These results demonstrate obvious benefits compared with other nanomaterials. Recently developed quantum dots show strong luminance and high photostability compared with those of conventional organic fluorophores . However, the toxic potential of cadmium nanoparticles has remained a concern . Boddington et al. reported  that the iron oxide nanoparticle ferucarbotran may impair MSC differentiation, which hinders their potential use as fluorescence tracers for stem cells. In contrast, the toxicological effects of amorphous silica have been characterized reasonably well, and this form has been found to be less toxic in animal experiments than that of other nanomaterials. Although some studies suggest that inhaling of materials such as colloidal silica by mice induces dose and size-dependent pulmonary effects [22,23], silica nanoparticles demonstrate no apparent toxicity in mice when injected via the tail vein . Similarly, the safety of silica nanoparticles was confirmed in our study. The viability of unlabeled and silica nanoparticles-labeled cells, as measured by the WST-1 assay and trypan blue exclusion, was not significantly different, suggesting that silica nanoparticles are cytocompatible and do not induce cell death. Moreover, the differentiation capacity of MSCs toward multiple cell lineages was not affected by silica nanoparticle labeling. Labeled MSCs showed similar elaboration of mineralized matrix and accumulation of lipid droplets, compared with those of unlabeled MSCs during osteogenic and adipogenic differentiation, respectively.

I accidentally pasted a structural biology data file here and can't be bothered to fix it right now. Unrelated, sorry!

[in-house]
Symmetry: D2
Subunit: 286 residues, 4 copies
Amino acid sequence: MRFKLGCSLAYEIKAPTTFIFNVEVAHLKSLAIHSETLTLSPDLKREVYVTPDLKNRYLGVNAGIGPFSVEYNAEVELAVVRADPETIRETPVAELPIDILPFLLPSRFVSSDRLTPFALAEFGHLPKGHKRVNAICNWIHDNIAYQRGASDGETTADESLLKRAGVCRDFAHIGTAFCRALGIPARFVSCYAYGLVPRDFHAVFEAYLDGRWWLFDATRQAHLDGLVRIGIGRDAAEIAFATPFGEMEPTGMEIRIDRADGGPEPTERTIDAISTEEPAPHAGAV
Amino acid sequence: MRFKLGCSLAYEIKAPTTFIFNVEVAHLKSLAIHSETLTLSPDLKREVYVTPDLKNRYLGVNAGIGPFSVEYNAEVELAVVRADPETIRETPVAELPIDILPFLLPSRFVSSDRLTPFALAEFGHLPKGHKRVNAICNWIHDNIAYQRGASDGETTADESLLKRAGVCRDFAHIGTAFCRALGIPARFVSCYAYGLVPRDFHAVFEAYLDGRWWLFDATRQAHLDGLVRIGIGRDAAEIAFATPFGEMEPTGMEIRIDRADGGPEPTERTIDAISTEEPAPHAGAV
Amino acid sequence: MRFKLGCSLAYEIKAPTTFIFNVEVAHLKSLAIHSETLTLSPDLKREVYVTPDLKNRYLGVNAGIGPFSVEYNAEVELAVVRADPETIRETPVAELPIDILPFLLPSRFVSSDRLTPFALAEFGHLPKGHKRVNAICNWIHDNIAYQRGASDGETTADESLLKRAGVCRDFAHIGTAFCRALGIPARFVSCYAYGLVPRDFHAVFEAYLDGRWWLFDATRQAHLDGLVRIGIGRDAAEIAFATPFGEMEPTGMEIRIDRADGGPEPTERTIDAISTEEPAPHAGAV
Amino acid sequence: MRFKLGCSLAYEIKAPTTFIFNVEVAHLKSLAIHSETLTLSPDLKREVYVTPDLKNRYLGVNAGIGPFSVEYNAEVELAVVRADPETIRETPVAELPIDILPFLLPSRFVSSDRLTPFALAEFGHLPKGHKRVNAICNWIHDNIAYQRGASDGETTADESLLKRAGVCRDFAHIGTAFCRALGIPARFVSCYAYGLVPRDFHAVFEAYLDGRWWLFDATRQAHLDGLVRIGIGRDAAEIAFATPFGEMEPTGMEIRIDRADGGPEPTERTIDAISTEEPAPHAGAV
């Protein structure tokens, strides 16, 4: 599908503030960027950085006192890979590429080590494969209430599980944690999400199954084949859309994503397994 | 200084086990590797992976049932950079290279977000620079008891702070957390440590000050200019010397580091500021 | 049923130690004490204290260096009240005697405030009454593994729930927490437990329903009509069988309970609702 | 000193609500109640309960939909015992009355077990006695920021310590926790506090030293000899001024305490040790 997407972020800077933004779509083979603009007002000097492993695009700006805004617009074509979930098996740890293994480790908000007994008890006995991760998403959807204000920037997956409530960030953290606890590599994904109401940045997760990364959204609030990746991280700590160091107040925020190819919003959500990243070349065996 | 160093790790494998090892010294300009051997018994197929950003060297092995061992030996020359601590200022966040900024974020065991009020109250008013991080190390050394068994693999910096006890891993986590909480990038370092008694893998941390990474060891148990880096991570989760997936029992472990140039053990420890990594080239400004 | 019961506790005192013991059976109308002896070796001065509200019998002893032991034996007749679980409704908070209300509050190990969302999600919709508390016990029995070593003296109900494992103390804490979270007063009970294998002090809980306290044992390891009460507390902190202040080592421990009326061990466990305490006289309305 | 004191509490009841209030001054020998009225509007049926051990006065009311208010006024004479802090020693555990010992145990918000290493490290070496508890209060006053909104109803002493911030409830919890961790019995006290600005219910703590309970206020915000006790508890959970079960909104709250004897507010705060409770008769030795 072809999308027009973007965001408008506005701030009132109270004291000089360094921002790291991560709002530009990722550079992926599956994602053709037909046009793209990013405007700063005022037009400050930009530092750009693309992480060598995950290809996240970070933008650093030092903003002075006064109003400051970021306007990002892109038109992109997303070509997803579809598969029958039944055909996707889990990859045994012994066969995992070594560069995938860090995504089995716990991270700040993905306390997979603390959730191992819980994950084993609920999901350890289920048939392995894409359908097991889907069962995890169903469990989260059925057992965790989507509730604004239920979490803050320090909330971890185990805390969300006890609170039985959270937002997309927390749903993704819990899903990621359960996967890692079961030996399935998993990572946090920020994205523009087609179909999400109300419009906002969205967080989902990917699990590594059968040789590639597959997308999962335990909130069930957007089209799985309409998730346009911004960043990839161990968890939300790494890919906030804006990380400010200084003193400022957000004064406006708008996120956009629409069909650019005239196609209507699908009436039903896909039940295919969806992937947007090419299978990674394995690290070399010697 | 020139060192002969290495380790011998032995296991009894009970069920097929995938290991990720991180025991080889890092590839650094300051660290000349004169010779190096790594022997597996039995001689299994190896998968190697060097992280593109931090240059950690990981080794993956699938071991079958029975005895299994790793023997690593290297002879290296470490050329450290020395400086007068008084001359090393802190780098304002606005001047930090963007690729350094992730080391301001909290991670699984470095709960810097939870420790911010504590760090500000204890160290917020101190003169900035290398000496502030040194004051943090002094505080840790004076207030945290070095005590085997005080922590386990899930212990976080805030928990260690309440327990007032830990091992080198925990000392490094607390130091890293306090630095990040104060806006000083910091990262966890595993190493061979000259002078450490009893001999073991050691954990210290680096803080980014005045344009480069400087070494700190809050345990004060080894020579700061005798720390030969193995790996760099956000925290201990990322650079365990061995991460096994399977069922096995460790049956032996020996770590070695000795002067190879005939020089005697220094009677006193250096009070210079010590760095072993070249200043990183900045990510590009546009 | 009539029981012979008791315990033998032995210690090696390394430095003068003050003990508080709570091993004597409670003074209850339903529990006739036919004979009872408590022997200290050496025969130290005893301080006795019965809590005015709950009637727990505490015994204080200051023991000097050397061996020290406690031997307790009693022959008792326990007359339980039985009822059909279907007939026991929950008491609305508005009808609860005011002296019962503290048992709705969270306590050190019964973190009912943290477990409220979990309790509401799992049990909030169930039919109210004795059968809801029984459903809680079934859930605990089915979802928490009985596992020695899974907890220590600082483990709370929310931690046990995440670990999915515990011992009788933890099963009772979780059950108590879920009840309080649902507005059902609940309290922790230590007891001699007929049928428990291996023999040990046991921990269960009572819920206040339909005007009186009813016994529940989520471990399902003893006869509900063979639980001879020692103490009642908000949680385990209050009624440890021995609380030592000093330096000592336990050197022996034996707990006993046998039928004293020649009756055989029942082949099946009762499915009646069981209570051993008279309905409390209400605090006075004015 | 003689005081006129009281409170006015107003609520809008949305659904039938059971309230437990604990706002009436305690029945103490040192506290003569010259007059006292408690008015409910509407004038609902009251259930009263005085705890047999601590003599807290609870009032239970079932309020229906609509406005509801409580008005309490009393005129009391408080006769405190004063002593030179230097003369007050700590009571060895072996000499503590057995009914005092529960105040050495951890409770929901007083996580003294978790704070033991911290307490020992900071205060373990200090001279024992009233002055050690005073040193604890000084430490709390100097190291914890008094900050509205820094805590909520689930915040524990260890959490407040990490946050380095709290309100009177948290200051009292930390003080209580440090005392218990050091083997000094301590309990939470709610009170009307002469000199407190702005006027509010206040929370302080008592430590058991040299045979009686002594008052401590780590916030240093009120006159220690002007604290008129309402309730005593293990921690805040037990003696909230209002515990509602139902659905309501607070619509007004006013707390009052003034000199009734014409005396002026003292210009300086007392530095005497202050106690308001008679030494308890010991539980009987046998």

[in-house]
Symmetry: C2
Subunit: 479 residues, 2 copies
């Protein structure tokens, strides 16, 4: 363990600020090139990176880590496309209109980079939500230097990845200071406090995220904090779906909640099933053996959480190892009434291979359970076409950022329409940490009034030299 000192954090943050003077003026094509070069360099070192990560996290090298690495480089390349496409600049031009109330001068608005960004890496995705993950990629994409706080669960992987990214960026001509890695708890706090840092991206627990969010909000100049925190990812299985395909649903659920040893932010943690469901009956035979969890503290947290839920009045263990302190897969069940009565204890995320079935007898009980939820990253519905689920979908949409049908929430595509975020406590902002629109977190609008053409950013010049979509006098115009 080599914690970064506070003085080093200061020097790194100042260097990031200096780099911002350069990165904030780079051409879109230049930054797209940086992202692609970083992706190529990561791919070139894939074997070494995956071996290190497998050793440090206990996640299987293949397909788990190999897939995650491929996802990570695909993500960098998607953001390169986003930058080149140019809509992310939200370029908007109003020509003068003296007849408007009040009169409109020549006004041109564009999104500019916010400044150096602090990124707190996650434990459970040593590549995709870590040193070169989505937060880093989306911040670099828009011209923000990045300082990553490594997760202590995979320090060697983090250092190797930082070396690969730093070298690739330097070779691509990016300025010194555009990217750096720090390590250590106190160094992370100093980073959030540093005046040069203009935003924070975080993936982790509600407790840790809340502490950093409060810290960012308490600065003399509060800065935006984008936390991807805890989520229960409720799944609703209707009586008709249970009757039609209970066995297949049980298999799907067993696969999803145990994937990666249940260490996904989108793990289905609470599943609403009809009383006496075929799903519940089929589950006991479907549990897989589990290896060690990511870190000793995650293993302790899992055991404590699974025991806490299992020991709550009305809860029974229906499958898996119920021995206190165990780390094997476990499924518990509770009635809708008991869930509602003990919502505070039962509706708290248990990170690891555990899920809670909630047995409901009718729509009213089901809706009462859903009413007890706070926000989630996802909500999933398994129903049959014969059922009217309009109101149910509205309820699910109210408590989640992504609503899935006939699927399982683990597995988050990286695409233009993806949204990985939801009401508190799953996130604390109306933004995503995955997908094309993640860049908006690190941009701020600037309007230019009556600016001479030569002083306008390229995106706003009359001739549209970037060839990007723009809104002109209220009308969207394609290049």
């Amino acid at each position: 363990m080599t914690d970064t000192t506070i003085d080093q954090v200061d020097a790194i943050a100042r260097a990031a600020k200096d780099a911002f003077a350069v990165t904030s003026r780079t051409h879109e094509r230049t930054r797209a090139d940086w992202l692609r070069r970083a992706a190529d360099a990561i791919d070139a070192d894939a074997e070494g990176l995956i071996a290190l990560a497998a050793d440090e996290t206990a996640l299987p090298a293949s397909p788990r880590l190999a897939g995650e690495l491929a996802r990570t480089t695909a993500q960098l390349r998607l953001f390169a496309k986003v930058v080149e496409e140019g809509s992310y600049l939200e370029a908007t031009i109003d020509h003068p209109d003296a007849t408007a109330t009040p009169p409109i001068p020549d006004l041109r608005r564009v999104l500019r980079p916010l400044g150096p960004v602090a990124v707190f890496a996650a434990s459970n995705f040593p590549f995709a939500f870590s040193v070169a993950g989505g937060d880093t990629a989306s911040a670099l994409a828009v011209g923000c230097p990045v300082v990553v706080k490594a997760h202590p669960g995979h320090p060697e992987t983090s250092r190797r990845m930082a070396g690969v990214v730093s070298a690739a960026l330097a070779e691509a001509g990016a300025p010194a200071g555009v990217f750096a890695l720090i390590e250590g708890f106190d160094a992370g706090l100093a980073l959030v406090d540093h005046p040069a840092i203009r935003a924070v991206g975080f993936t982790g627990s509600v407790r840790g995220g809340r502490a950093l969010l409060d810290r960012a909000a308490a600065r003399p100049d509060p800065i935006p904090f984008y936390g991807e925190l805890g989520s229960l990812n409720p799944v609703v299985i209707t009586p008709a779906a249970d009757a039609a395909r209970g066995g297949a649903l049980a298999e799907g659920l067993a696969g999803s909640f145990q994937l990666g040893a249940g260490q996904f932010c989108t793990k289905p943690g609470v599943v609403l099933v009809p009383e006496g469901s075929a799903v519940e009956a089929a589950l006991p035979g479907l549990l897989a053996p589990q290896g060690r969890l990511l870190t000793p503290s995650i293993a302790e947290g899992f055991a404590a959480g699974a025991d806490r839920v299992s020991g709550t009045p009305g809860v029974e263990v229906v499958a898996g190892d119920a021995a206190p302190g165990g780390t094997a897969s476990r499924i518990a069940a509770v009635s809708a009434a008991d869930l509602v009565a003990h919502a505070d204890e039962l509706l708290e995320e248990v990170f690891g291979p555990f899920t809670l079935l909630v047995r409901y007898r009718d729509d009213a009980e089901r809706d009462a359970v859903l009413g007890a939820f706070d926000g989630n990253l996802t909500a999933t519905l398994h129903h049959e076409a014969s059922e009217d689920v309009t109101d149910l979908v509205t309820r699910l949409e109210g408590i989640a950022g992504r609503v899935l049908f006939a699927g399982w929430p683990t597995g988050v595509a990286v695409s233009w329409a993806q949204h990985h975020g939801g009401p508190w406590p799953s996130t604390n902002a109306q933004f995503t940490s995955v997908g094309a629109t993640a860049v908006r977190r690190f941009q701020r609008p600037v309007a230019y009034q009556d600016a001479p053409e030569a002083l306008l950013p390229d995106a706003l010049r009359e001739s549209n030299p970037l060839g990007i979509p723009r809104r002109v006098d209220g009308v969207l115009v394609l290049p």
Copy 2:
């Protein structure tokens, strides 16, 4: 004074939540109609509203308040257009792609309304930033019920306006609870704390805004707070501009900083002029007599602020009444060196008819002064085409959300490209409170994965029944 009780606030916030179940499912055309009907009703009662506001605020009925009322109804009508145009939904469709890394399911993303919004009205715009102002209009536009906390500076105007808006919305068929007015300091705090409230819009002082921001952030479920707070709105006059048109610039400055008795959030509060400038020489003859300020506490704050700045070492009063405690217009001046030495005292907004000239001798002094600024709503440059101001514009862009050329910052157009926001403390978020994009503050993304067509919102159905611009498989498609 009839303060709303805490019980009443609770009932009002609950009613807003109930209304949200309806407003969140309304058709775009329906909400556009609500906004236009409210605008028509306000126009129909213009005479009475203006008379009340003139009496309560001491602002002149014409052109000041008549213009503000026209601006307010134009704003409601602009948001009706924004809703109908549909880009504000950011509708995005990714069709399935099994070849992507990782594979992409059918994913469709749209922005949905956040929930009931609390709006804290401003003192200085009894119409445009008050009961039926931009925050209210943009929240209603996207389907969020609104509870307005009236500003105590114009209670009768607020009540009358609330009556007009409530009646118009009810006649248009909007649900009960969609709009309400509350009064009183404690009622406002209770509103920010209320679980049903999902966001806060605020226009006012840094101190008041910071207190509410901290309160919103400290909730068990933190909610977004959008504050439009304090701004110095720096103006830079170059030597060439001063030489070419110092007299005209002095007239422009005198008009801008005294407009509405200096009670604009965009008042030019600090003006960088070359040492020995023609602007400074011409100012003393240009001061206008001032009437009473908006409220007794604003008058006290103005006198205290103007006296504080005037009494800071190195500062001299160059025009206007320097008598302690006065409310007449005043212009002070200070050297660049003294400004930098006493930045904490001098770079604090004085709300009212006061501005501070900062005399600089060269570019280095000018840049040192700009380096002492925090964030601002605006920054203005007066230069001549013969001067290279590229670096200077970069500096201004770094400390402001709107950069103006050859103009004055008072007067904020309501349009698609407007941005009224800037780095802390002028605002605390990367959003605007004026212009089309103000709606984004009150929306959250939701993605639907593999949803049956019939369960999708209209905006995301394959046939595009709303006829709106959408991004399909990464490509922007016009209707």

We also demonstrated that silica nanoparticle-labeled MSCs can be histologically located in the kidney and tracked. Endocytosed silica nanoparticles persisted in expanded canine MSCs for up to 3 weeks. This 3 week period was sufficient for transplanted MSCs to migrate and differentiate in the host tissue. Furthermore, the fluorescence was not weakened until 3 weeks after transplantation. In contrast, superparamagnetic iron oxide nanoparticles show significant decreases in fluorescence after 1 month . Such long-term labeling of stem cells will be beneficial for elucidating the relative contributions of native and engineered tissues to morphogenesis. Furthermore, silica nanoparticles can be imaged in renal tissue without additional staining. The kidney is a highly autofluorescent tissue owing to its extremely high metabolic rate, accumulation of flavins and lipofuscins, and vascularization . Tissue autofluorescence has long posed a problem for studies of immunofluorescence labeling, and particularly for direct staining. Because it has been difficult to reduce autofluorescence in tissues, efficient labeling methods should be used to overcome this issue. We demonstrated that silica nanoparticles can be used as a reliable long-term tracking agent in autofluorescent tissues. Thus, we believe that this labeling method can track transplanted cells for extended periods in other autofluorescent tissues (e.g., liver, and pancreas).